• H01R24/40Two-part coupling devices, or either of their cooperating parts, characterised by their overall structure having concentrically or coaxially arranged contacts specially adapted for high frequency

Abstract

A coaxial cable termination device including a barrel having opposed front and rear ends, a collet at the front end of the barrel, and a sleeve mounted over the barrel for reciprocal movement. The sleeve moves between a retracted position, in which the sleeve allows compression of the collet, and an advanced position, in which the sleeve urges compression of the collet. In some embodiments, a locking mechanism locks the sleeve into either of the advanced and retracted positions. In some embodiments, contact means carried loosely within the device maintain contact between the barrel and a mating post to which the device is applied.

Description

CROSS-REFERENCE TO RELATED APPLICATIONS

This application is a divisional of and claims the benefit of U.S. patent application Ser. No. 15/711,170, filed Sep. 21, 2017, which claimed the benefit of U.S. Provisional Application No. 62/397,912, filed Sep. 21, 2016, all of which are hereby incorporated by reference.

FIELD OF THE INVENTION

The present invention relates generally to electrical apparatus, and more particularly to coaxial cable connectors.

BACKGROUND OF THE INVENTION

Coaxial cables transmit radio frequency (“RF”) signals between transmitters and receivers and are used to interconnect televisions, cable boxes, DVD players, satellite receivers, modems, and other electrical devices and electronic components. Typical coaxial cables include an inner conductor surrounded by a flexible dielectric insulator, a foil layer, a conductive metallic tubular sheath or shield, and a polyvinyl chloride jacket. The RF signal is transmitted through the inner conductor. The conductive tubular shield provides a ground and inhibits electrical and magnetic interference with the RF signal in the inner conductor.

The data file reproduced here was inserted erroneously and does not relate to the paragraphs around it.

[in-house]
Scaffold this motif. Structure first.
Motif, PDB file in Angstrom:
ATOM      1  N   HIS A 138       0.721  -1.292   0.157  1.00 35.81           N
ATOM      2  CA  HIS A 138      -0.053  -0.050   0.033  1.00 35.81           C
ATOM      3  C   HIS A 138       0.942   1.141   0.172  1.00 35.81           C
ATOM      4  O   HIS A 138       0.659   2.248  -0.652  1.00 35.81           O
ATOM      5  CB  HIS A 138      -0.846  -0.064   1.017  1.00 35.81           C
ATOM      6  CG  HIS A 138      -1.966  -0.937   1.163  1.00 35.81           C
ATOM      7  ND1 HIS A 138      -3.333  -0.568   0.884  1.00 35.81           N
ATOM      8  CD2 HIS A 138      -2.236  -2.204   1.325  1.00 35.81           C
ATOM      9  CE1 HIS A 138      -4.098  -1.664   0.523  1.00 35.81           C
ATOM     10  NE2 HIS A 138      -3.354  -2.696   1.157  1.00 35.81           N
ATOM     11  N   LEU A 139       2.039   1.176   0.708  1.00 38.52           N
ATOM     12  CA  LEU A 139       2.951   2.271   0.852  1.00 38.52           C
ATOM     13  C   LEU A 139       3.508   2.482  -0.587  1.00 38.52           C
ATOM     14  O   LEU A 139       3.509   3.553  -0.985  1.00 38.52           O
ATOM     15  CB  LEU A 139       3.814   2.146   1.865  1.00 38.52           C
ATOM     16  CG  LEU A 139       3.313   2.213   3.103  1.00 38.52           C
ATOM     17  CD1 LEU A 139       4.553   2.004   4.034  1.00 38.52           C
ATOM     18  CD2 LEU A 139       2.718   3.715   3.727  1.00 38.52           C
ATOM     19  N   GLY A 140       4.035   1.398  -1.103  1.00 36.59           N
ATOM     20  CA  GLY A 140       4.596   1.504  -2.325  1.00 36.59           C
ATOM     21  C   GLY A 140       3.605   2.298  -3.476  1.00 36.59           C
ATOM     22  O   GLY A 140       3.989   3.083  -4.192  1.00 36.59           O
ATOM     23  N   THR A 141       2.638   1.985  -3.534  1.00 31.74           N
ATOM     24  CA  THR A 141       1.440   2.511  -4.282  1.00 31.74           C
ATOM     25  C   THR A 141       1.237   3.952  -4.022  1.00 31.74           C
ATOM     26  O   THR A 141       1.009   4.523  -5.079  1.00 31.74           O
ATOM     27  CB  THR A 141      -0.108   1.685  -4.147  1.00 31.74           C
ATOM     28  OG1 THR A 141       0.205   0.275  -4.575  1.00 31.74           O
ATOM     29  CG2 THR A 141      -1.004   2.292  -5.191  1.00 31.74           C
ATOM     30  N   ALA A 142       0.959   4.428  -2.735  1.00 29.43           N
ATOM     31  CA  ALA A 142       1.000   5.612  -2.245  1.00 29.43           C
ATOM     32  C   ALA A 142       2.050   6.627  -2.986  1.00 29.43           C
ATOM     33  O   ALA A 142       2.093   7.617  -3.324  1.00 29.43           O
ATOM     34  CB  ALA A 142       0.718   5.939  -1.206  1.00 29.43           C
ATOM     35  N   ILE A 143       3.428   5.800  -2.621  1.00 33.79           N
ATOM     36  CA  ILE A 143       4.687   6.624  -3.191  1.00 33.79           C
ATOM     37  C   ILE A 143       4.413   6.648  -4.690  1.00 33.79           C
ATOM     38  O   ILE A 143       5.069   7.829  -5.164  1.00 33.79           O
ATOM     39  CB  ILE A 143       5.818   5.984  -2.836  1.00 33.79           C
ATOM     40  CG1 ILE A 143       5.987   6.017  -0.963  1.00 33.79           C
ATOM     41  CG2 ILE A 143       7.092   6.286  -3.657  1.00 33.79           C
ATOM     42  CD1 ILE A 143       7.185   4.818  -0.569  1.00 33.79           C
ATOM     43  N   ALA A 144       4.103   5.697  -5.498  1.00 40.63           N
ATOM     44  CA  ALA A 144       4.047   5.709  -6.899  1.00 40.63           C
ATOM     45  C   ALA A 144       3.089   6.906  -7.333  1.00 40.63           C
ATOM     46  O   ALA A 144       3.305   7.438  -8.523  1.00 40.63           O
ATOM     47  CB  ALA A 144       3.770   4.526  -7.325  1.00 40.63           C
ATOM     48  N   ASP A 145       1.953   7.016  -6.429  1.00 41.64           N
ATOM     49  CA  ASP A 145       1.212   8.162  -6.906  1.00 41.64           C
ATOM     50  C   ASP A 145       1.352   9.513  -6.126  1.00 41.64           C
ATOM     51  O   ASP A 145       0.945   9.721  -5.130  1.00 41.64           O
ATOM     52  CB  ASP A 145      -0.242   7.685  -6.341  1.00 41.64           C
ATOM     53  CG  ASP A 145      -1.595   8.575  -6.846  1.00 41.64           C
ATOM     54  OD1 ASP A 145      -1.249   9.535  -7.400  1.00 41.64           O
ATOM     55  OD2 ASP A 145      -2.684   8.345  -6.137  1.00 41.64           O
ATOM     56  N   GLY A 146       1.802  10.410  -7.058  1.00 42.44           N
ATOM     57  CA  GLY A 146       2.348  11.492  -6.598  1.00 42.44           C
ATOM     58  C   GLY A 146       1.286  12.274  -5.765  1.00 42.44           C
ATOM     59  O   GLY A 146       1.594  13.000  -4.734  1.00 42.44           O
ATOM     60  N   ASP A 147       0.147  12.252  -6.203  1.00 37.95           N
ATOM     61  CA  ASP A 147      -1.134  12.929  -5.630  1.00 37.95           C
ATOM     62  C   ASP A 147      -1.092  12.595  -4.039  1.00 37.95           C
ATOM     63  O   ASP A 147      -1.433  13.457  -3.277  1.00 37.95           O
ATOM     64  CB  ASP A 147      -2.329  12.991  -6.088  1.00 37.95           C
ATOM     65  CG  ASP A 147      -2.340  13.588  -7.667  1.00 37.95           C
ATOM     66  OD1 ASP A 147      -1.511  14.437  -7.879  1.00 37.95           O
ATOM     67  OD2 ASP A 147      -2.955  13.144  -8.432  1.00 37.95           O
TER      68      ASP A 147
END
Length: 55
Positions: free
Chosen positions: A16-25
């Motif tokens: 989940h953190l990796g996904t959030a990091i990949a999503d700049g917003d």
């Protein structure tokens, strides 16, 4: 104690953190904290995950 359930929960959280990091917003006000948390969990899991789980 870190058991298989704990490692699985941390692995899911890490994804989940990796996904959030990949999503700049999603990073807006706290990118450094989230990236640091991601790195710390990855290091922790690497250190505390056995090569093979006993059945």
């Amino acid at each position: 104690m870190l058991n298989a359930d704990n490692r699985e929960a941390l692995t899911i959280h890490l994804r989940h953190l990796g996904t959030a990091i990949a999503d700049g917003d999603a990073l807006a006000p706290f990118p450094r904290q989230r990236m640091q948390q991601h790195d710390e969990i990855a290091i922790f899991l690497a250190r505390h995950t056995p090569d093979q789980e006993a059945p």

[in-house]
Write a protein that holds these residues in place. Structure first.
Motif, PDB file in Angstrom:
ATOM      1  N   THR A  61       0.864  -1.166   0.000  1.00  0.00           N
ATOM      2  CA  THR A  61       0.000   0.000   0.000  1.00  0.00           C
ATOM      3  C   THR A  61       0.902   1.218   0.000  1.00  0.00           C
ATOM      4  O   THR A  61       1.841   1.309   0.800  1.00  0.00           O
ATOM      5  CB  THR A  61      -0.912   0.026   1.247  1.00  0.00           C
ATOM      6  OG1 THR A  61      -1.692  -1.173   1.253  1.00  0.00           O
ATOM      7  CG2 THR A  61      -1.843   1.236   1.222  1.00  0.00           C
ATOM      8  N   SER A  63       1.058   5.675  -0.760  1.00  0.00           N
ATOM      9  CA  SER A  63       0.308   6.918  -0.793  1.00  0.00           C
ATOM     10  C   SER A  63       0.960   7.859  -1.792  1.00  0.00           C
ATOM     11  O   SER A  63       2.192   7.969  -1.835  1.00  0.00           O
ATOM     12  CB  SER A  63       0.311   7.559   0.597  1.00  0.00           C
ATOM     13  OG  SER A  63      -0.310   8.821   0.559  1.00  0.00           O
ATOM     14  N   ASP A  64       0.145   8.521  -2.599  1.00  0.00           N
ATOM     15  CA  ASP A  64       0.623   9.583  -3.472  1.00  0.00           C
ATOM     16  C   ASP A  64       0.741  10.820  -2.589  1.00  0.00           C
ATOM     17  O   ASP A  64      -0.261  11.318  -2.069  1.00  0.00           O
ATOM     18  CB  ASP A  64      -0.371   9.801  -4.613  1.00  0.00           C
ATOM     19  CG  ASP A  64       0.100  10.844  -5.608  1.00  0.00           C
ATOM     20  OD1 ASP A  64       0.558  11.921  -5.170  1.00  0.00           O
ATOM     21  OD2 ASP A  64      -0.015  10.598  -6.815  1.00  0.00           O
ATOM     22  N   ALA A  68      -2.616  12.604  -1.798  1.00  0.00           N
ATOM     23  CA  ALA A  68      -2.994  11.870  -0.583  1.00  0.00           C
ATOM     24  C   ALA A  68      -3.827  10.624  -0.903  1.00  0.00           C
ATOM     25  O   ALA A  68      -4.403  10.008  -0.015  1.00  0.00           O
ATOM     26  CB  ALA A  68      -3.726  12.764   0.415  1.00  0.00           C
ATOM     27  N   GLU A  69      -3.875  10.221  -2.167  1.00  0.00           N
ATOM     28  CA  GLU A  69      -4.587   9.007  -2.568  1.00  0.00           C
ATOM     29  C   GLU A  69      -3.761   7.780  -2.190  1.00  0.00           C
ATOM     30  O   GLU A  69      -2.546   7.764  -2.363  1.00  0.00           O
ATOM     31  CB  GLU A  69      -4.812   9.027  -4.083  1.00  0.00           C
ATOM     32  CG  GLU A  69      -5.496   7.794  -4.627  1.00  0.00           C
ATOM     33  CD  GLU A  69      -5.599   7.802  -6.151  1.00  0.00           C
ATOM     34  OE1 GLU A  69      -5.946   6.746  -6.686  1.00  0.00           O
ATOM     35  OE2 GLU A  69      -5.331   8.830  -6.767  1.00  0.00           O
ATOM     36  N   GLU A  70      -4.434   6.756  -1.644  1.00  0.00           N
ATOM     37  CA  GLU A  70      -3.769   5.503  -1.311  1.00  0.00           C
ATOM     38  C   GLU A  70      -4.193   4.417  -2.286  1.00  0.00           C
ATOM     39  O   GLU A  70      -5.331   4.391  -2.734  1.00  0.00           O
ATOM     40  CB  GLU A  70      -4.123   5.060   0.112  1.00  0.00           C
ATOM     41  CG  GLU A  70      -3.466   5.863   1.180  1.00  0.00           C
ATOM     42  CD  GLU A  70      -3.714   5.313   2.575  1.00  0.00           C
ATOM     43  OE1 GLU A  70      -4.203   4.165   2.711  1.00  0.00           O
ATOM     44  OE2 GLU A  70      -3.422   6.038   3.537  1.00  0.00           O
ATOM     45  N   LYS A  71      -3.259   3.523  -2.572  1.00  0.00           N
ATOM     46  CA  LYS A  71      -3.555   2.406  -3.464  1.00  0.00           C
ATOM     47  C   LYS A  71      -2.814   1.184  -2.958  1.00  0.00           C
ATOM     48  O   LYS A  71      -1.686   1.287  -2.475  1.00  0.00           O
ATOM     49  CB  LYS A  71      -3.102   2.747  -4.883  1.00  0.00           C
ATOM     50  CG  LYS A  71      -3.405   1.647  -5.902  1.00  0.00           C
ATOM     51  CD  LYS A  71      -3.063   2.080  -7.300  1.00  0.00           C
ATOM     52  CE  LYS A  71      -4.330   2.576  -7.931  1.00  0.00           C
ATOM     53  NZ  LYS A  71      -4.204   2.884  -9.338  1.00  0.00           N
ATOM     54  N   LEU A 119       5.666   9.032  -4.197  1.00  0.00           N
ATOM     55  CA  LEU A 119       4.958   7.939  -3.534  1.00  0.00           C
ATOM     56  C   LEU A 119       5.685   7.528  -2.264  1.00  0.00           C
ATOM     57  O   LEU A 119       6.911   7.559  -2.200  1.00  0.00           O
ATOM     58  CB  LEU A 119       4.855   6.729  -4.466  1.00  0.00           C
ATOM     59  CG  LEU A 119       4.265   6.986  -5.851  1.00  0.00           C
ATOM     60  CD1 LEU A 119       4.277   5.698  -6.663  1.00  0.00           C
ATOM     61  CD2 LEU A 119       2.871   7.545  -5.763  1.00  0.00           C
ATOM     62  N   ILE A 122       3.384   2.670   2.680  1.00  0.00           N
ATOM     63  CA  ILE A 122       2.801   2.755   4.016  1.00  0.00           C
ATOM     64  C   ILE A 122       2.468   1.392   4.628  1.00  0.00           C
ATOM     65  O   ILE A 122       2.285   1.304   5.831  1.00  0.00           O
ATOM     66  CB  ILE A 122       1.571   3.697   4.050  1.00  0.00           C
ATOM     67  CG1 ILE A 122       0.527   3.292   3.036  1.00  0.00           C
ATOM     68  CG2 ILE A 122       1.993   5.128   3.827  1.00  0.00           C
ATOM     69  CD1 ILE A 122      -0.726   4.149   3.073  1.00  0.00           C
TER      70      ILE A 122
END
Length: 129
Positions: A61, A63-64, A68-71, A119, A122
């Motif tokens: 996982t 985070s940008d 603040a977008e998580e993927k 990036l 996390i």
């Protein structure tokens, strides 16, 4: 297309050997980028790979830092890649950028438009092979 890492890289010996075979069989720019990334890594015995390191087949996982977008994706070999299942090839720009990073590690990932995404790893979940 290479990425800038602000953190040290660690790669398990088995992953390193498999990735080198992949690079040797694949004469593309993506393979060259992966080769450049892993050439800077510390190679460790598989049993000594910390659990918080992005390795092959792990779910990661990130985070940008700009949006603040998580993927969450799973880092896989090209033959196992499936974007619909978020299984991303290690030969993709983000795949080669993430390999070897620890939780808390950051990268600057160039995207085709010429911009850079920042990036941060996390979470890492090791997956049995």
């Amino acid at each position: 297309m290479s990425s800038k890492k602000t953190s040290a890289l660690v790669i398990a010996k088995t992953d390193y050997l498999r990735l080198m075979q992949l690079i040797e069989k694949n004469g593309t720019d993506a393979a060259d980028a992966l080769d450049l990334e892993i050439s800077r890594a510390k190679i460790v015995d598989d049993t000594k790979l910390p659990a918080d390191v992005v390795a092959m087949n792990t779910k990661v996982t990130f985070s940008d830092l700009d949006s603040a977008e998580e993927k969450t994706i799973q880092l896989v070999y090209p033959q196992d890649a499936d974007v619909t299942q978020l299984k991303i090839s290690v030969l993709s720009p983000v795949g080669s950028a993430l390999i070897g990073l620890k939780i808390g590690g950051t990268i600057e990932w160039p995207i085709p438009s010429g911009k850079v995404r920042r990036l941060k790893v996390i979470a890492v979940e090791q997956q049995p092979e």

Coaxial cables must be terminated with cable connectors to be coupled to mating posts of electrical devices. Connectors typically have a connector body, a threaded fitting mounted for rotation on an end of the connector body, a bore extending into the connector body from an opposed end to receive the coaxial cable, and an inner post within the bore coupled in electrical communication with the fitting. Generally, connectors are crimped onto a prepared end of a coaxial cable to secure the connector to the coaxial cable. The connectors must maintain electrical connection and signal shielding with the cable despite rotation, tugging, bending, or other movement of the cable and the connector.

Further, the connectors must mitigate the introduction of interference or ingress noise into the connector and signal pathway. Ingres noise causes a variety of problems, including not just reduced signal quality to the home, but large aggregated return path noise issues at the plant. Without properly seating a connector on a female connector or post, ingress noise can leak into the connector. However, it is difficult to know whether a connector is properly seated on a post; without a tool, some ingress noise is nearly guaranteed. An improved connector that mitigates the introduction of ingress noise is needed.

SUMMARY OF THE INVENTION

A coaxial cable termination device including a barrel having opposed front and rear ends, a collet at the front end of the barrel, and a sleeve mounted over the barrel for reciprocal movement. The sleeve moves between a retracted position, in which the sleeve allows compression of the collet, and an advanced position, in which the sleeve urges compression of the collet. In some embodiments, a locking mechanism locks the sleeve into either of the advanced and retracted positions. In some embodiments, contact means carried loosely within the device maintain contact between the barrel and a mating post to which the device is applied.

The above provides the reader with a very brief summary of some embodiments discussed below. Simplifications and omissions are made, and the summary is not intended to limit or define in any way the scope of the invention or key aspects thereof. Rather, this brief summary merely introduces the reader to some aspects of the invention in preparation for the detailed description that follows.

BRIEF DESCRIPTION OF THE DRAWINGS

Referring to the drawings:

FIG. 1 is a perspective view of a device for terminating a coaxial cable, shown exploded from a mating post of an electronic component, the device including an outer sleeve mounted for reciprocation on a barrel;

FIGS. 2A and 2B are section views taken along the line 2-2 of FIG. 1, illustrating the sleeve in retracted and advanced positions, respectively;

FIG. 3A is a section view taken along the line 2-2 of FIG. 1, illustrating a cable applied to the device, the device applied on a mating post, and the sleeve in the retracted position thereof; and